Tate Cantrell is CTO of Verne Global with primary responsibilities for product design and development and data center operations.
In Part 1, I looked at the impact of density on data center designs and organizational decisions. Today, this post will examine a list of key considerations for data center planners as they work strategically to not only handle data center density, but to benefit from it.
Consider Spreading Out.
If the majority of the proposed environment is either high or low density, capture it within your own operation, and then aggressively search for outsourced solutions that meet the criteria for the other environments. Software as a Service (SAAS) and other cloud-driven products continue to receive huge amounts of investment that attracts the top product innovators. Ignoring this source of innovation and its potential impacts to even a well established business is simply a mistake.
The advantage of a modular solution is that an environment tuned for high density can live side by side with the lowest density telecommunications applications without stranding real estate. Rapid deployment matters and modular solutions if selected with the appropriate design or outside vendor can deliver solutions with speed.
Pay Attention to Open Compute.
Not every idea that comes out of the Open Compute movement will play in the hands of each data center manager, but announcements like the modified 21” rack design are really exciting. Finally, we see vendors like HP working on layouts that reduce airflow requirements for cooling. Google was doing this a decade ago and now these innovations are in the public forum and on the fast track to commodity. Data center designers take note.
Air is all around and thankfully water is not, unless we’re taking a dip on a warm summer’s day. Cooling with fluid is an appropriate method for many applications, but cooling with the air around us whenever possible is a sustainable decision that also dramatically reduces first costs when properly designed.
Considering the environment in the design decisions of today is not just an important thing to do for the generations that will follow us, it the fiduciary responsibility of the CIO and CTO alike. Over time, we will see that a reduction in waste during technology refresh will become a notable cost item. A reduction in form factor of servers from boxes to cards is a nod in the favor of higher density cabinet footprints, but it is also a nod toward a reduction in waste and ultimately the expense of handling. Europe will likely lead the charge in ensuring that technology is disposed of with proper regard. Business leaders can prepare for this now by considering server waste and frequency of refresh in their planning.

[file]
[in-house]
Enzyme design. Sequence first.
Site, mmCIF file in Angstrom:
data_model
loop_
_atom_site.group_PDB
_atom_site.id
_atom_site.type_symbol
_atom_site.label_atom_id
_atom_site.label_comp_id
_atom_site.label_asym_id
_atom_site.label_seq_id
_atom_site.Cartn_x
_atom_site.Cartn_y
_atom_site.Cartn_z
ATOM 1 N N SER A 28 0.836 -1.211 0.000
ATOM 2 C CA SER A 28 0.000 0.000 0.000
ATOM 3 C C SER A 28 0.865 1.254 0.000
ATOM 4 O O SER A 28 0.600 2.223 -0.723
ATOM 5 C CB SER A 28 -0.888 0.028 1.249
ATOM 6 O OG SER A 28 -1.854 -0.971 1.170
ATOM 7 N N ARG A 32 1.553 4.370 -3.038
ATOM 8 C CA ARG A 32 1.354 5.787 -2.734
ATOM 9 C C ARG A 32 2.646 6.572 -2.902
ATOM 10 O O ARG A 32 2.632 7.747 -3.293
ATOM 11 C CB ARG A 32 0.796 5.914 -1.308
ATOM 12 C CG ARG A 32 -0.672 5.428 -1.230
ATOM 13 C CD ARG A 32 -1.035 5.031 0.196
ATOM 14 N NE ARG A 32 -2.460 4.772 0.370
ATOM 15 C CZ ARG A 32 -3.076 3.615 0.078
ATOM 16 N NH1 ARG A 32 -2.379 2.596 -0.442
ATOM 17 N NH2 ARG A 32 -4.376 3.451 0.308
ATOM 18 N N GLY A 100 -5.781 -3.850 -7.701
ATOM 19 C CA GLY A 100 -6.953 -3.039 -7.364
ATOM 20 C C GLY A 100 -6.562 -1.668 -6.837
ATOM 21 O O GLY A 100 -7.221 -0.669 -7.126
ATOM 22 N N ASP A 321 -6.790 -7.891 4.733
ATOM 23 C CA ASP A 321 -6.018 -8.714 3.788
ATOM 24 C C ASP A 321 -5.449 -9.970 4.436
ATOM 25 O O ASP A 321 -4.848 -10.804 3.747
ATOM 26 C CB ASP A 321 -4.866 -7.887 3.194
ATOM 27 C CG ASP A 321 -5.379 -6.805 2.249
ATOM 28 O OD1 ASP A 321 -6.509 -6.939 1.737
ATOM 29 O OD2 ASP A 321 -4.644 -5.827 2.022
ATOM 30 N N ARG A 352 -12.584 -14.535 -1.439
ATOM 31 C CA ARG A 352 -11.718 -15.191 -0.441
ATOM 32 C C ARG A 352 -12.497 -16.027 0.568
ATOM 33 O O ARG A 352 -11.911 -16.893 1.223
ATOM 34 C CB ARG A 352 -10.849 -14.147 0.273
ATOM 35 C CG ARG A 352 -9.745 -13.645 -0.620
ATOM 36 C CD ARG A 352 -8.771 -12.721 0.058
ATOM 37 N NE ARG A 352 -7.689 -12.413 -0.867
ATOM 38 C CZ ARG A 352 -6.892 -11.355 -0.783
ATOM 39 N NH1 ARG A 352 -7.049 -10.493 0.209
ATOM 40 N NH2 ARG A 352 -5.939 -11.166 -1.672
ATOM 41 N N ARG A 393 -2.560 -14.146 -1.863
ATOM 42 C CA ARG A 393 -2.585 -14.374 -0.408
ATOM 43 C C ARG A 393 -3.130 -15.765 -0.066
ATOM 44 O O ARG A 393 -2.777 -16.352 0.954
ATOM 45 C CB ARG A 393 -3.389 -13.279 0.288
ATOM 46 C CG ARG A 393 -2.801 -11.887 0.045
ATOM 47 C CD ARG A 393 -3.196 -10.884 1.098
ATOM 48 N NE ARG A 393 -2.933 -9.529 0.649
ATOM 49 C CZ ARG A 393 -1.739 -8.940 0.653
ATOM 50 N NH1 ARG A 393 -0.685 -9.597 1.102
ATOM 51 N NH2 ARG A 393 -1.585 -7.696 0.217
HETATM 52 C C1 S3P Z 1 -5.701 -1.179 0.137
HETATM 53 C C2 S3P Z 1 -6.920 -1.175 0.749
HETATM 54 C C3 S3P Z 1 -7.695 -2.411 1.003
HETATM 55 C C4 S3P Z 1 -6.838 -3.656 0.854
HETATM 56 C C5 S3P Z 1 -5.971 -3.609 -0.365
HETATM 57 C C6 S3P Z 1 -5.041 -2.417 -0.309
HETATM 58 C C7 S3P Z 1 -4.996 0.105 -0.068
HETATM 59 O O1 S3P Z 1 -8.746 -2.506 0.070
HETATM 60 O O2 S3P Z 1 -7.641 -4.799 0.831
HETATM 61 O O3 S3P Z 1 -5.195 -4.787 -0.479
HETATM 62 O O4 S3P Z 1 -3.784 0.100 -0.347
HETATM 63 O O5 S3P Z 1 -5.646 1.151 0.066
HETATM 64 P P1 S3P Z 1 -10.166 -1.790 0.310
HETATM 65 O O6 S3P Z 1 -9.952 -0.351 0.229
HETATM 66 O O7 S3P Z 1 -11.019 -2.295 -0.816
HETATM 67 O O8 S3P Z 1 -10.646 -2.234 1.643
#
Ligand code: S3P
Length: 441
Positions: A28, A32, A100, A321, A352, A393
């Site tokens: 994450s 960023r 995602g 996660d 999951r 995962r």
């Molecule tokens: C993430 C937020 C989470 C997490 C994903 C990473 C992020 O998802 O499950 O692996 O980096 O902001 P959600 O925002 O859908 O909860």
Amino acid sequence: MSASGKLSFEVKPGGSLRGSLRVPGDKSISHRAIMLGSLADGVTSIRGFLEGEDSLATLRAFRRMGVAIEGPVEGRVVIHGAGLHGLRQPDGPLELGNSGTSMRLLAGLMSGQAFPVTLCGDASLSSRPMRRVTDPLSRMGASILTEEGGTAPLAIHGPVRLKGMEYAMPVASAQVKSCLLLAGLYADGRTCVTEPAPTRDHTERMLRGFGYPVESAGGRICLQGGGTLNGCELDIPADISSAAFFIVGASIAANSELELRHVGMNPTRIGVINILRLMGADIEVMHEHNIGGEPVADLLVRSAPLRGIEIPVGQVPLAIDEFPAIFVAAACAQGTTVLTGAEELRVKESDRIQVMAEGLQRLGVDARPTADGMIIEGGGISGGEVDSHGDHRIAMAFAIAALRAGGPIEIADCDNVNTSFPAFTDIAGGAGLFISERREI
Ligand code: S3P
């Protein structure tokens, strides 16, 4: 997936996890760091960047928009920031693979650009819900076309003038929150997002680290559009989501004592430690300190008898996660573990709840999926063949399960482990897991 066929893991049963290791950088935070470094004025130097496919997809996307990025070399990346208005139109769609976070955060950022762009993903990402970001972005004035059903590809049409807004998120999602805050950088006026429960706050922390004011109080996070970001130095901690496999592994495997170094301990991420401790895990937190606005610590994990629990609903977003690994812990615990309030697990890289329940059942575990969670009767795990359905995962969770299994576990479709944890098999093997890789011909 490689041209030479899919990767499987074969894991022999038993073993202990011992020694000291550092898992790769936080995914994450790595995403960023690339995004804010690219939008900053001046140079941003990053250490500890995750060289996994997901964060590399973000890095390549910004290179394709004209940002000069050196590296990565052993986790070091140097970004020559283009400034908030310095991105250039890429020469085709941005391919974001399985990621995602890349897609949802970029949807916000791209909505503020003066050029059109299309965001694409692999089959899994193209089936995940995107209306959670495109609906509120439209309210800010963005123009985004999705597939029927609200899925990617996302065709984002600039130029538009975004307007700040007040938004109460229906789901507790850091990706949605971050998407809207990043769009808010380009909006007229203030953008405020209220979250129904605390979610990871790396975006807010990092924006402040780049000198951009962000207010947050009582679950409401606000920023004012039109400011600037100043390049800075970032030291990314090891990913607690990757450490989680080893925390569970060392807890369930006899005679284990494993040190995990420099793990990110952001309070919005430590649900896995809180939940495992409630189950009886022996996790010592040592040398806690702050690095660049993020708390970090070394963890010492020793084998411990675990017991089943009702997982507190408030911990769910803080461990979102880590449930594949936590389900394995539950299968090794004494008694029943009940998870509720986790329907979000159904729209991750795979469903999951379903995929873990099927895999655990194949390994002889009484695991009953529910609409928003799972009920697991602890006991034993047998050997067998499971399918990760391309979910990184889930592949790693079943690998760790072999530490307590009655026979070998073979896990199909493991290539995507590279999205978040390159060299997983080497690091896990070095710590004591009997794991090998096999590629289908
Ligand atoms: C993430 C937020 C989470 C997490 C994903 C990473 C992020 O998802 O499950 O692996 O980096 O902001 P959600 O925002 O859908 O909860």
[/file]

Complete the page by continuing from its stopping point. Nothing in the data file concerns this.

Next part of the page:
Don’t Fear Density.
A high density environment certainly doesn’t look like a data center of five years ago, but such environments are here to stay and will be used more and more with time. Dense environments provide new opportunities for reduction in labor per unit of compute. They also encourage an increase in automation that benefits innovation by allowing rapid deployment of new platforms while sustaining our need for standardization with a lower number of SKU’s entered into the DCIM.
Google, Microsoft, Apple, Amazon – they all grab huge tracts of land and develop out over time to ensure that their growth models are met even in the most optimistic sense. While this works for companies with Billions in their back pockets, this may not be the solution for all enterprise organizations. But even the smallest enterprise can think big by engaging multi-tenant, wholesale providers that have already taken down large, dedicated environments. Such an alliance will allow the company to grow within the predictability of a well-positioned campus
Prepare for M&A.
If you want to drive your business forward – be prepared to aggressively take down new environments and feed them into your standards. Be aware of other configurations in the industry and be prepared to host them and reduce the overhead of multiple configurations. Modularity in design, virtualization of platform and shared storage are the basic tools for this preparation.
The data center age is upon us. The data center emerges from the bottom of the balance sheet as a necessary cost to top-line center for growth. This focus pushes IT forward into an industrial age, where standard business strategies apply to the data center more than ever. Know your process, monitor your key objectives, choose partners wisely, and search for benefit in every square centimeter of your data center environment. Net profit per unit of compute purchased is the true density that we strive to optimize.
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